- Professional development: Regardless of the type of culture you build (we will specify the types later), you must make sure your employees count with the necessary tools to grow professionally. When continuous learning becomes part of your culture, you will have more updated and adaptable teams. Remember that an organizational culture that encourages professional growth and development will empower your talents and better prepare them for the future.
How to make professional development and continuous learning a key element of your organizational culture? We suggest you read this article about the importance of promoting professional development in your organization. Make your talents acquire valuable knowledge and experiences, while you obtain greater business efficiency, and commitment across your company.
- Work climate: As you may have noticed so far, culture is tangible, and the cultural environment of a company will be reflected in the climate of your organization. Just as it can positively affect your talents, it can also affect them negatively. When the work environment is one of the elements of your organizational culture, you will be 3.6 more likely to have committed and united employees, willing to make the best of themselves for the benefit of the entire community.
- Leadership: Among the 6 elements of organizational culture that we’re pointing out, effective leadership is a fundamental pillar to build a successful organizational culture, since it is your leaders who keep it growing everyday. When they have the institutional culture in their DNA, your employees will see the culture reflected in each of their behaviors. To achieve this, you need to make sure you nurture leaders who:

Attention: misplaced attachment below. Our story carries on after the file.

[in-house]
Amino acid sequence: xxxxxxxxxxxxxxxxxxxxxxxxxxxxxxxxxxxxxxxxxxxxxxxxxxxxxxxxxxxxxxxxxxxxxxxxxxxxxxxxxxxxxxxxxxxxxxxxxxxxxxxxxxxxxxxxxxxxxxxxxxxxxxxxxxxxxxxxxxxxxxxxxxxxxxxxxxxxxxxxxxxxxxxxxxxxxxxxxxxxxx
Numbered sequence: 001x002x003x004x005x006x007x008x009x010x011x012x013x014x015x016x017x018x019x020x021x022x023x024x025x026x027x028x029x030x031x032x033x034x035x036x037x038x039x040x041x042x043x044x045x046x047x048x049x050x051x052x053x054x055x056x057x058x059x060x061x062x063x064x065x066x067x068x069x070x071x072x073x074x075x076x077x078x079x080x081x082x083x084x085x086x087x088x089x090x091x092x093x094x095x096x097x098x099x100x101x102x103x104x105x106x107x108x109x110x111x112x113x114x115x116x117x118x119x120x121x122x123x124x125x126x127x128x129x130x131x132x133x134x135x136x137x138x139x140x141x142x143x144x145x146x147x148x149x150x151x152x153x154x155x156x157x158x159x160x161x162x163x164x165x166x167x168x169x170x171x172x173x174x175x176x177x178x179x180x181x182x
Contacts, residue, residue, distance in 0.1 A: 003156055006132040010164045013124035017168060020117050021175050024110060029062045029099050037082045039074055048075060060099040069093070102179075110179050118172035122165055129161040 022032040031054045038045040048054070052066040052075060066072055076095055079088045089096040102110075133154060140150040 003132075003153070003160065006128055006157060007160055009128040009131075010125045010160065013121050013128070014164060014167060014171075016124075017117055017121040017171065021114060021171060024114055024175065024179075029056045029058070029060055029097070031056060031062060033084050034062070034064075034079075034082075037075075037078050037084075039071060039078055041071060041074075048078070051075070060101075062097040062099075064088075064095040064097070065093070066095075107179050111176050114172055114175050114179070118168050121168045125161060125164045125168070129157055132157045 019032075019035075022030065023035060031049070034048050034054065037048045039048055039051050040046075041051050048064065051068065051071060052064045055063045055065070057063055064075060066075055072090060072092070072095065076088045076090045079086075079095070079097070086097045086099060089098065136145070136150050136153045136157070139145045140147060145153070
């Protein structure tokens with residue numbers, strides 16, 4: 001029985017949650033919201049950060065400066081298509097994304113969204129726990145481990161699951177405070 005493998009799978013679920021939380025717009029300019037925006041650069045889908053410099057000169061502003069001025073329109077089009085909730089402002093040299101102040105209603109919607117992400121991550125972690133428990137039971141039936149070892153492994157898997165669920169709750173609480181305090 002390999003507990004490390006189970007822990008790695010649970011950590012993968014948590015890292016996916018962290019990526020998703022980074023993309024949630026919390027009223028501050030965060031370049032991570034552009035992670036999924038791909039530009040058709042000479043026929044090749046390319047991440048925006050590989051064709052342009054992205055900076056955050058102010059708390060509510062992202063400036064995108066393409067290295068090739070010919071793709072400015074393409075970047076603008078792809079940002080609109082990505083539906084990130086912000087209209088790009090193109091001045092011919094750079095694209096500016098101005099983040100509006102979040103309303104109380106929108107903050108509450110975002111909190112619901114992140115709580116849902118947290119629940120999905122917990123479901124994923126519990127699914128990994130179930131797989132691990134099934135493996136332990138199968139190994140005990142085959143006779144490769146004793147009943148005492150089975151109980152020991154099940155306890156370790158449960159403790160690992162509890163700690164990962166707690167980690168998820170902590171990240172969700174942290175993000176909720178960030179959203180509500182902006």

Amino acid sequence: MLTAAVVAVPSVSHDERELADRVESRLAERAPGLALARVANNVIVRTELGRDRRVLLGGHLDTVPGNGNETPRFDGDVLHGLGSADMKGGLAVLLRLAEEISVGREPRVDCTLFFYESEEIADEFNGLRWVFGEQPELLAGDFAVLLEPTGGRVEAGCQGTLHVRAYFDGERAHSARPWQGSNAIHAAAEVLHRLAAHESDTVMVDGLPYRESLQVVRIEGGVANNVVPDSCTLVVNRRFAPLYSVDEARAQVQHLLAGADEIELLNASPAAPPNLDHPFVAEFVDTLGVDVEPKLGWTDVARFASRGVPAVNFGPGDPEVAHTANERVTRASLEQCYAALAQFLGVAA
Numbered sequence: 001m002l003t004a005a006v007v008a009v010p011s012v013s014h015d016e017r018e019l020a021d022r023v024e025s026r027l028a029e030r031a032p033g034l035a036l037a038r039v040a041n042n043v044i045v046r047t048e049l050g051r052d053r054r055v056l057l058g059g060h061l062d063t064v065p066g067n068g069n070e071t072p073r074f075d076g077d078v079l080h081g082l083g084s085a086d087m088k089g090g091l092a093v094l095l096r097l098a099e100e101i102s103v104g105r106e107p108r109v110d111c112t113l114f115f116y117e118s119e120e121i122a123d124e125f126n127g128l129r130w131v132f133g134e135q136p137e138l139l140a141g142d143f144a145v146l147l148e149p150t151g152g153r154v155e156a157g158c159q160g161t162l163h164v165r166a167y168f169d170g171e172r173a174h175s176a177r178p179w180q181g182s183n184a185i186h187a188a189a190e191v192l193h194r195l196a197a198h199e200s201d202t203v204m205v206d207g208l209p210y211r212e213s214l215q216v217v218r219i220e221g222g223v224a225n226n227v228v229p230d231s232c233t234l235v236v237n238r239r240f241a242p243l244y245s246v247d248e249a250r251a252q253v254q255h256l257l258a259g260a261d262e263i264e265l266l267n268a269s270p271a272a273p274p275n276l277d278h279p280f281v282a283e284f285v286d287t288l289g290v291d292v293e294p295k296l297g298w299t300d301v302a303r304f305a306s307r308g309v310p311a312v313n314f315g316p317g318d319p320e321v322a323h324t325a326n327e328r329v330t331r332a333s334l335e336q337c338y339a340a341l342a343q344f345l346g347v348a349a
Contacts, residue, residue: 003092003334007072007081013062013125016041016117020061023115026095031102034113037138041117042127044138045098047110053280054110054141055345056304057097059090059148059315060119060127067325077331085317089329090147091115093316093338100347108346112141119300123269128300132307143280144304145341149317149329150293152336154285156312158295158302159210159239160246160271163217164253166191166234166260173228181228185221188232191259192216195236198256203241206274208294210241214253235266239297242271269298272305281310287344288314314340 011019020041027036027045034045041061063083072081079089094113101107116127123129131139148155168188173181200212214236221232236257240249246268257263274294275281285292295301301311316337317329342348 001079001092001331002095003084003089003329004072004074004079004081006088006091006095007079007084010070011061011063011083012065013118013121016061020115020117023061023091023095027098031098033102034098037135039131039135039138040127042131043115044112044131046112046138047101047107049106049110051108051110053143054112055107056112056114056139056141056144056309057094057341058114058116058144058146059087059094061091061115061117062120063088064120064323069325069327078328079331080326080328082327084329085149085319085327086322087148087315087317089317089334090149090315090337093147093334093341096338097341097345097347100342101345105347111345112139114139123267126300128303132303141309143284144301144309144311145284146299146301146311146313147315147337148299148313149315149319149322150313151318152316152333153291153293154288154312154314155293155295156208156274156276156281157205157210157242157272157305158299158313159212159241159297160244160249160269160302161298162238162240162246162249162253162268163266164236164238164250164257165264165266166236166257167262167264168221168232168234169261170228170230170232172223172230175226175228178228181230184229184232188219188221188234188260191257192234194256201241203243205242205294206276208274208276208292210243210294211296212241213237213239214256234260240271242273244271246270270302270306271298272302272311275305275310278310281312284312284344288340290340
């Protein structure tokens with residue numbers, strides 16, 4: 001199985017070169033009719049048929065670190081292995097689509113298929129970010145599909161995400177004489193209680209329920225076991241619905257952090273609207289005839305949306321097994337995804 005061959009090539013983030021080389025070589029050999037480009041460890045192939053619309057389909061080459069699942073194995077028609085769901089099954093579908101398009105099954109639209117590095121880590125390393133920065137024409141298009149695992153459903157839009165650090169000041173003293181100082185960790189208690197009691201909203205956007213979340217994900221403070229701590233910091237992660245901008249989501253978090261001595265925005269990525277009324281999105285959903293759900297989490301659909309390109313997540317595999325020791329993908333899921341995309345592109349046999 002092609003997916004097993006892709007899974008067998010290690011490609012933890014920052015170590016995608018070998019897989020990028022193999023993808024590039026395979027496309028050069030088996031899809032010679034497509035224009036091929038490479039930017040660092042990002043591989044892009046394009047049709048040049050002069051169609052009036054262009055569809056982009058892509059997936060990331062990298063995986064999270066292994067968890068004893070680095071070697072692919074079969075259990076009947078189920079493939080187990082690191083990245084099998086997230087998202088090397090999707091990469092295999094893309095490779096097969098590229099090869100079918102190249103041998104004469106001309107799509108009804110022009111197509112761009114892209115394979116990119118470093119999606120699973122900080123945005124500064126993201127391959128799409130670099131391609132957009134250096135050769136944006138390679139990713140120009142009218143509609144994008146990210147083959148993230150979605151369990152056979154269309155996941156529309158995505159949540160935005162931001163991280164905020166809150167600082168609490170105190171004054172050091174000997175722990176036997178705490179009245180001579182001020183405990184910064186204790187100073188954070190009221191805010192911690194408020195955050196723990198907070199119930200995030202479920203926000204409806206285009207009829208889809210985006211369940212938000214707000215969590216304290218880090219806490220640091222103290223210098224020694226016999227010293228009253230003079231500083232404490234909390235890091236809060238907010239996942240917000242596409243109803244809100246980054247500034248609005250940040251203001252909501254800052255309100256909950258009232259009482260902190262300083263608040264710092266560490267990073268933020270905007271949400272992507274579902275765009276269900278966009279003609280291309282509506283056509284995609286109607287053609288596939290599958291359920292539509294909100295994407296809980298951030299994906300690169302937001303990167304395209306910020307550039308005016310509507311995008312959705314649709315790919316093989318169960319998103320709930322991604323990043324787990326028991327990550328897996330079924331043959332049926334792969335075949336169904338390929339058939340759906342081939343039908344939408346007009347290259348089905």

- encourage creativity,
- empower your teams with active listening, giving them a voice, and enhancing their professional development through continuous learning,
- make your organization an inclusive community where all voices have value,
- recognize from the smallest daily actions to great individual and group achievements, making these recognitions visible to the whole community,
- promote constant feedback,
- convey the values and vision of your company by giving the example,
- have empathy for your teams and promote their well-being to generate greater commitment and thus avoid wear and tear caused by daily stress, and
- use communication as a master key to open dialogue and active listening through 1:1 meetings, job satisfaction surveys, genuine conversations.
Why is a strong culture important for organizational success?
We hope by now it’s crystal clear what organizational culture is and what its key elements are. Let us now turn to the functions of organizational culture.
If you are still wondering why organizational culture is important, imagine for a moment that a company has an important new customer and, although it represents a growth opportunity, it’s also a great challenge. Now, look inside the culture of that company. How do teams receive the news about this new challenge? How will they deal with it? If your culture is one in which people are expected to follow top-down rules, or where employees do not have a sense of belonging, they will have many difficulties adapting to the new situation, and this will bring about confusion, demotivation and great stress. In short, the promising growth opportunity turned into chaos!
How does culture influence an organization?
A healthy organizational culture, focused on collaborative work and professional development, among other things, will have an immediate impact on the organization. The changes generated by cultural transformations are surprising and you will not only see them reflected in daily processes and results, but also on the faces of your employees.
Organizational culture: types and real examples
If you are looking for ways to build your organizational culture from scratch, transform it or simply strengthen it, it’s essential that you familiarize yourself with the types of organizational culture that exist.